This stage begins in the 2 or 3 years prior to retirement or retirement from work. They generally coincide with the highest and most stable salary in a professional career. Household expenses are stabilized, children are self-sufficient or are beginning to be self-sufficient, and the savings rate is the highest.

Moving from this sequence to retirement is a momentous step. Less will be entered, there will be less autonomy.

All this marks the investment allocation; above all the accumulated savings throughout life has to be safe. Safety is the most important thing; not lose before win.

Aware of the need to manage this accumulated capital or patrimony in the most optimal way, it is the stage where the early retiree and then active retiree is more conservative.

You should have at least 2 years of expenses in a deposit or cash equivalent account for any emergency or unforeseen.

And speculative investments have disappeared or should be. If they go wrong there is not much time to get it back. It is also a distribution stage, you begin to distribute savings, not accumulate it.

Here the transcendental question is always the same, how much do I withdraw from my investments? How much am I distributing or consuming?

Retirement Investment Withdrawal Rate

There are several studies with highly developed and robust research and data, and all reach the same consensus: the withdrawal rate should be around 4% of the accumulated investment .

However, this 4% withdrawal must be subject and qualified by three fundamental aspects:

  1. At what age do you retire / retire?
  2. How long do you plan to live?
  3. How long do you think you will be living actively?

This configures the time and level of expenses, which tells us the percentage of withdrawal that we can make according to the accumulated capital.

At this stage of investment, the portfolio still needs to continue growing, especially for the first years of its most active life and with the most expenses. The investment portfolio would be as follows:

  • Risky: 60% equity + 40% fixed income
  • Moderate: 50% variable income + 50% fixed income
  • Conservative: 30% variable income + 70% fixed income

# 4 Mature Retiree – Mature Retire

Person who is over 79 years old.

Quiet and passive life. The rhythm of life and spending is determined by the state of health. The expense is less.

Pure distribution stage. You have to live on the income generated.

You should have at least 2 years of expenses in a deposit or cash equivalent account for any emergency or unforeseen.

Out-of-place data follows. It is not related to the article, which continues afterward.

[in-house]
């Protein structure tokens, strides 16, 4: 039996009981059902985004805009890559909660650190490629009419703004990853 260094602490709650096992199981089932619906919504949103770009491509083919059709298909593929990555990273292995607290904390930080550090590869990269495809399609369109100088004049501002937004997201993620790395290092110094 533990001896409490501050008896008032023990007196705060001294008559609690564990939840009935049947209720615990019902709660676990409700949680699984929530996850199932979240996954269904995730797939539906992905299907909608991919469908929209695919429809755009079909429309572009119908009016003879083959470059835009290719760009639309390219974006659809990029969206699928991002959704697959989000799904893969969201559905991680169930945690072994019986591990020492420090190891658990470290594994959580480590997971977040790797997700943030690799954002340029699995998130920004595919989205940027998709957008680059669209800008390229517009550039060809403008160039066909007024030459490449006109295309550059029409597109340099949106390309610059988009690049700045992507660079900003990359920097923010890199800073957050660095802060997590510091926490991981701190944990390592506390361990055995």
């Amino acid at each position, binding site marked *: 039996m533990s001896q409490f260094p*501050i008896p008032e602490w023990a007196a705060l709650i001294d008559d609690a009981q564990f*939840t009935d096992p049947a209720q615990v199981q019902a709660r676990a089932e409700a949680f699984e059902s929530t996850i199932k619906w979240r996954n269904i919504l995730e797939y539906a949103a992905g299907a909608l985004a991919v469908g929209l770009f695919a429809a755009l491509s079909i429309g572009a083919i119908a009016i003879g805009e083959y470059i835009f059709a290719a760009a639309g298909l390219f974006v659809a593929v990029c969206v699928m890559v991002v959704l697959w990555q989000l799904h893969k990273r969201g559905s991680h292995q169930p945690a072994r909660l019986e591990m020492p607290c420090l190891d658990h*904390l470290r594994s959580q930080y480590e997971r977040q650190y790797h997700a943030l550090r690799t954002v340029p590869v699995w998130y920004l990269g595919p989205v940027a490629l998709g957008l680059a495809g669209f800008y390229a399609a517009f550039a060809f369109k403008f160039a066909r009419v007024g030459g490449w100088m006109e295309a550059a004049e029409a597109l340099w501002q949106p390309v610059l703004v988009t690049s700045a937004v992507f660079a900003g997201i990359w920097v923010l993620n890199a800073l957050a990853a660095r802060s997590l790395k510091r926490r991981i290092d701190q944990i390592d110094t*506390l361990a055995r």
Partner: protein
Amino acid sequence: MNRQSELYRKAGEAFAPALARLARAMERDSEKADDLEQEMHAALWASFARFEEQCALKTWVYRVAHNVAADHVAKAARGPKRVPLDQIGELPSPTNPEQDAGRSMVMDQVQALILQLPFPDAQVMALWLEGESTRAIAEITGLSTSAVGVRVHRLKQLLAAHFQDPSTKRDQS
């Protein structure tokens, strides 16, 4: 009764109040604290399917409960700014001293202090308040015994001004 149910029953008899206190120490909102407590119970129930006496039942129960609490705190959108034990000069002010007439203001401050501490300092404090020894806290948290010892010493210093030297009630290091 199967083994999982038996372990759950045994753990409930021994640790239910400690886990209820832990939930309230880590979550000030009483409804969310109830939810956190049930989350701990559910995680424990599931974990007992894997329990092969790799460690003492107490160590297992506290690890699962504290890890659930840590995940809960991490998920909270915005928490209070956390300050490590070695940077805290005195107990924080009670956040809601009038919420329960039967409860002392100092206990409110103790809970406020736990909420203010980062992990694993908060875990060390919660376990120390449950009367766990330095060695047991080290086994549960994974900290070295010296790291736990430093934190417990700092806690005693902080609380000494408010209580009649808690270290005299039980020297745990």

And at the end of this stage you must have prepared how you want the accumulated capital and assets that you leave the day you die to continue, so that the children continue to enjoy the security and certainty that it has provided to them. The ideal is to have everything well identified and written, if possible not very dispersed among managers and depositories of quality and proven security.

As you can see, allocation changes little by little throughout life, this is not in contradiction with the permanent portfolios that we are learning, although what should be pointed out that these permanent portfolios are adequate whenever you start to implement them at your stage young or mature saver, later it is advisable to follow what is stated in this article, with a part in fixed income and cash well identified since there are not so many years to recover the bad years, the re balancing with constant contributions and the trend to the average that follows this system.

You can also adapt the permanent portfolio to the ideal% of your life cycle, it would be a safer, more conservative system; it’s actually totally complementary Here you see what cash you need in the form of a security deposit for contingencies, what part you can allocate to speculative investments and the rest of the allocation to the permanent portfolio you have chosen . The important thing once again is to know the framework in which you move and the long-term strategy, respecting the safety margins.

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About Geet Sharma

My Name is Geet Sharma Financial Blogger & Founder of Paisabank.org. We are a personal finance blog dedicated to finance & financial planners. The main aim of this blog is to help people to informed about financial decisions.